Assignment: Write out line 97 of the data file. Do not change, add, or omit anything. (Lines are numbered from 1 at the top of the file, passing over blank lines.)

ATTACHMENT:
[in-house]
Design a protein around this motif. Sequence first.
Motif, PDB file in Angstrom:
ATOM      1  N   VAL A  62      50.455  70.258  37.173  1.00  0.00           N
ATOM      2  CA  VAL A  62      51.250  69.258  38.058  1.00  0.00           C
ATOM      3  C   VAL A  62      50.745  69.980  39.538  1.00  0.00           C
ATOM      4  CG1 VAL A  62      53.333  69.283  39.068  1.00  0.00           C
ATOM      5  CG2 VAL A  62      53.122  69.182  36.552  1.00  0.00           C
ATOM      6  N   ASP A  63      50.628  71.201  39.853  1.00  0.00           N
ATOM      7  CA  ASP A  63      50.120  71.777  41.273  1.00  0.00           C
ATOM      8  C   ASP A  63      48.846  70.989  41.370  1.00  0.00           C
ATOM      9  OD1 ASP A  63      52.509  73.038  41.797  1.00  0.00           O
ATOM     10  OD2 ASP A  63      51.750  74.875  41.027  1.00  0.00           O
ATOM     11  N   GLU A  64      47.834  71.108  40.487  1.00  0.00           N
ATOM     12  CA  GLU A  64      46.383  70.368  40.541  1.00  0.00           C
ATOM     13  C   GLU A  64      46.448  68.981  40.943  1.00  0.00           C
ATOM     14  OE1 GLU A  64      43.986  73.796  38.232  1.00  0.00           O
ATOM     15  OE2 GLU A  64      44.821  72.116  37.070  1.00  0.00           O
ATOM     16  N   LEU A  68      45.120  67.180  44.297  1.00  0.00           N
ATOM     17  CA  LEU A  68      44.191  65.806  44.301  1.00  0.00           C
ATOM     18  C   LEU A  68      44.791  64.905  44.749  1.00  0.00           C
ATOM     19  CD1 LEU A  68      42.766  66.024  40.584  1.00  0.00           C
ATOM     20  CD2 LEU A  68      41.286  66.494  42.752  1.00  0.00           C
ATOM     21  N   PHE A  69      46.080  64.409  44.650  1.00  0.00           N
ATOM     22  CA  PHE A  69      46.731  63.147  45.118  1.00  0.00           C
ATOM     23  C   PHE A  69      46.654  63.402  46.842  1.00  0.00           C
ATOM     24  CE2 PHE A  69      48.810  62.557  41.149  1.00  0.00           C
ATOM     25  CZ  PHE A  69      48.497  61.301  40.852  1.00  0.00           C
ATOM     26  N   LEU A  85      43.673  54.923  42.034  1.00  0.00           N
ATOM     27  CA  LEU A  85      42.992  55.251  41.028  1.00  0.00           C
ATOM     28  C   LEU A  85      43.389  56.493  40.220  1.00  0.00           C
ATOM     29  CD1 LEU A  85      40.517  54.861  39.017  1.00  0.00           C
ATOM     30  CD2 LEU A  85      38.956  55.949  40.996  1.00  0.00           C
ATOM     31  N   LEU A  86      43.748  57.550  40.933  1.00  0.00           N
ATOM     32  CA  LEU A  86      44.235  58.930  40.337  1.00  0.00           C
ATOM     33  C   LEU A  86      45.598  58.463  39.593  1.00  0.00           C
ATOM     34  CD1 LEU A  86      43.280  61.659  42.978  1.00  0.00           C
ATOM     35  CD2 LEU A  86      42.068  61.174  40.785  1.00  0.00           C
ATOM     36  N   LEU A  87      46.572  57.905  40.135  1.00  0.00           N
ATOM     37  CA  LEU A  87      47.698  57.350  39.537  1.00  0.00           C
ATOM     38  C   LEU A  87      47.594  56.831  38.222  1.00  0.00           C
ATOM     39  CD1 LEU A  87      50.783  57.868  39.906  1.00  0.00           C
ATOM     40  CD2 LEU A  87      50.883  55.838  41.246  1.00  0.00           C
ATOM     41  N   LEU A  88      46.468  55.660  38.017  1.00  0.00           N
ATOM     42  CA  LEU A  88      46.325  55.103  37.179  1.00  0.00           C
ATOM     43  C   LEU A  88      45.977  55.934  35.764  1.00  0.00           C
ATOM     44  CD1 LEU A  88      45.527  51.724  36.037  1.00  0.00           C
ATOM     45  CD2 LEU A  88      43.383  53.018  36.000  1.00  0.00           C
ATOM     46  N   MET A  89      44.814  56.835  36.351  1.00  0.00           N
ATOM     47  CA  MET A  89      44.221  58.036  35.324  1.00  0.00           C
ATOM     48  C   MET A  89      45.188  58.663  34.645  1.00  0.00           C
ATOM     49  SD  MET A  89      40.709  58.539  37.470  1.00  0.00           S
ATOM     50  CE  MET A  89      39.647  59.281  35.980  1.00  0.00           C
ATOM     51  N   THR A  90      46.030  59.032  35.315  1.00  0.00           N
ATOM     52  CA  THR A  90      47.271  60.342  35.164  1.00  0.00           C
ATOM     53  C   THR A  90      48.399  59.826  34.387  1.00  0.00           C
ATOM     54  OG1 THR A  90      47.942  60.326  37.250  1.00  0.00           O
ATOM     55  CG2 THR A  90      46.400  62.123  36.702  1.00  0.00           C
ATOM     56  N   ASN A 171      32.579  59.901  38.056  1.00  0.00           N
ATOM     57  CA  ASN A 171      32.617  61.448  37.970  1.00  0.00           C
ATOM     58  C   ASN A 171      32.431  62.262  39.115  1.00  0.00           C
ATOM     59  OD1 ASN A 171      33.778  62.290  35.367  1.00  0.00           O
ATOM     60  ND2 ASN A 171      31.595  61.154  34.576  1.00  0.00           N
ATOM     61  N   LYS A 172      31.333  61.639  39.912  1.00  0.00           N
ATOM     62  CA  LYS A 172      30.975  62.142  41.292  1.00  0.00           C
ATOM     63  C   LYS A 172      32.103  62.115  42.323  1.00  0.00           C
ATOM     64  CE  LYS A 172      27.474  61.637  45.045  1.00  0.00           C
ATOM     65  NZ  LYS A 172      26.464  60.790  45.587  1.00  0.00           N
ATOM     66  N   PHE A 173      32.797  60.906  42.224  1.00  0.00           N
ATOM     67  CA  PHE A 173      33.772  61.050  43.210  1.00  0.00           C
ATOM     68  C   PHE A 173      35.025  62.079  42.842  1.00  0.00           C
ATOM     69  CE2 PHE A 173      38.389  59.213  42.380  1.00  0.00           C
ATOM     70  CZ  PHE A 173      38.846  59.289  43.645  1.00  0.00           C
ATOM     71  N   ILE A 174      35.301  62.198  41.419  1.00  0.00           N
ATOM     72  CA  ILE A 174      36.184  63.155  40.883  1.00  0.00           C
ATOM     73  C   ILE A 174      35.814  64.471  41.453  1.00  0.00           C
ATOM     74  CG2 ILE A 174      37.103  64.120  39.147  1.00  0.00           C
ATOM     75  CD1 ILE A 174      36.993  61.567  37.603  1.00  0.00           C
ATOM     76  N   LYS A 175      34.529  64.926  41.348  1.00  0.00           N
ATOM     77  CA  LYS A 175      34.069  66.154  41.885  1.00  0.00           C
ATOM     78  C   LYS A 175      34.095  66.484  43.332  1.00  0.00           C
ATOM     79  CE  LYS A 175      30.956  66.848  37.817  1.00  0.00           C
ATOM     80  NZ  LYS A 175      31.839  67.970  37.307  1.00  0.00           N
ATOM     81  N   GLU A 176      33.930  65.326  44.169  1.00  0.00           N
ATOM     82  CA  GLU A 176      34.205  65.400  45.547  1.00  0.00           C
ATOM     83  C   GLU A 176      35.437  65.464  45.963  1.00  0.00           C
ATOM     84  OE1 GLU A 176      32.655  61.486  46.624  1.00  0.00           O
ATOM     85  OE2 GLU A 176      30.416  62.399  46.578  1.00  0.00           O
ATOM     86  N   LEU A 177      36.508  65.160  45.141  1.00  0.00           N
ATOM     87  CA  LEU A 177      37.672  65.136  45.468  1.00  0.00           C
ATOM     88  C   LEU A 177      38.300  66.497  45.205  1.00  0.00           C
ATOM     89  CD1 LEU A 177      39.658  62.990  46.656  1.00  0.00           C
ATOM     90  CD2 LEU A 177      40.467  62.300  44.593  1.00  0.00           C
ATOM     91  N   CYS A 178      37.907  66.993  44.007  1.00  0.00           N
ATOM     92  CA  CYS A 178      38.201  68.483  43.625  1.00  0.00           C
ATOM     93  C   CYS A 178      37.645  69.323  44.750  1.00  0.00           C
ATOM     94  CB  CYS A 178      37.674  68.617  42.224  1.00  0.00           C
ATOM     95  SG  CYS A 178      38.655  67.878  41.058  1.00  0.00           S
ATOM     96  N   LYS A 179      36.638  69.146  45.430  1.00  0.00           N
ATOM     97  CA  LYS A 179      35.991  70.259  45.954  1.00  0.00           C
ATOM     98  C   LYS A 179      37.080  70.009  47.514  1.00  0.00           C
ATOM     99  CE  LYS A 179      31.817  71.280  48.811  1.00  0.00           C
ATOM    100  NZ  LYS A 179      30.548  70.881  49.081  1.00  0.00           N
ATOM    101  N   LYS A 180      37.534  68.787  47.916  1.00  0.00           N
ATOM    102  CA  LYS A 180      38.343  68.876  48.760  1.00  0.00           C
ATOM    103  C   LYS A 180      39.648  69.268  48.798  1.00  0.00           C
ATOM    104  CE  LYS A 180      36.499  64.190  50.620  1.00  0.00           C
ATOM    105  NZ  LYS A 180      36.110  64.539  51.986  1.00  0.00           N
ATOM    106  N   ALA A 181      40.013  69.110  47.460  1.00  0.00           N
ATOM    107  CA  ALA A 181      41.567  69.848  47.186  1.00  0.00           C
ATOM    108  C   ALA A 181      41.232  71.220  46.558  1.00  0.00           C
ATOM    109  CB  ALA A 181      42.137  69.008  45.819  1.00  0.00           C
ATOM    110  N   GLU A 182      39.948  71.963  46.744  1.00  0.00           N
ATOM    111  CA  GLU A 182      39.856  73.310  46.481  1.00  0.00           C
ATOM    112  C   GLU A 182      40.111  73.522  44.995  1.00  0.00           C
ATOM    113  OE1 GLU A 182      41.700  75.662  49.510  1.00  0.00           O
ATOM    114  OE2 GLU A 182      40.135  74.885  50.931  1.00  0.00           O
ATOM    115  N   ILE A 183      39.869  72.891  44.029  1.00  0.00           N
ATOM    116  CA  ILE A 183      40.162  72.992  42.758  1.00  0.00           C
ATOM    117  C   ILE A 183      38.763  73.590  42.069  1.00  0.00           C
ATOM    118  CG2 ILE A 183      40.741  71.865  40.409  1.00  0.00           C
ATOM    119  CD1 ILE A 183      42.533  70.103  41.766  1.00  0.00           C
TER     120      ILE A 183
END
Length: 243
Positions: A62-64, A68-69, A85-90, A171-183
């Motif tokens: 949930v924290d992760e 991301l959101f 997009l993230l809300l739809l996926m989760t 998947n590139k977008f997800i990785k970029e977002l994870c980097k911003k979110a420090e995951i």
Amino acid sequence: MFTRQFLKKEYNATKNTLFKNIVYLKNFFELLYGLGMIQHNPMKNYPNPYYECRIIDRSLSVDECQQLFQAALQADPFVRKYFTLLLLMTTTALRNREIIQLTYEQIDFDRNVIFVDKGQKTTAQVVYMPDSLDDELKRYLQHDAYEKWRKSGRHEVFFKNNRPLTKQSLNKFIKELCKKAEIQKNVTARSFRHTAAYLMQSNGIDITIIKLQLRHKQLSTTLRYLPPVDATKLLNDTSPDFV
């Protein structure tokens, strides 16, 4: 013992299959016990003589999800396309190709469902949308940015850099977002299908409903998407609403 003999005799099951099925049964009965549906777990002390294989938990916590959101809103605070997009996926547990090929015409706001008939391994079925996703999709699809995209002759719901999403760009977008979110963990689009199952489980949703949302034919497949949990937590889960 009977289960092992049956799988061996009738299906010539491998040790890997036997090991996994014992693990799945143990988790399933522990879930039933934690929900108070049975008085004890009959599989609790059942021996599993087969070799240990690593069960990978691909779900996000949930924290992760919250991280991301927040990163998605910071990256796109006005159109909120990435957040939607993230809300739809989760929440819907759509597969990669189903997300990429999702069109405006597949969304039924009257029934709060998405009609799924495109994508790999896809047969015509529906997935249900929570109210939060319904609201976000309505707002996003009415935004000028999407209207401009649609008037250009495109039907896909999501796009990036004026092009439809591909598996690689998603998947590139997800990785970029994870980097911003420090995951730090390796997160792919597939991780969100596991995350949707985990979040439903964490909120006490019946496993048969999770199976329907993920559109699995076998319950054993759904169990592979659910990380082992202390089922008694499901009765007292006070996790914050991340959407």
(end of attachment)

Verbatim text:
ATOM     94  CB  CYS A 178      37.674  68.617  42.224  1.00  0.00           C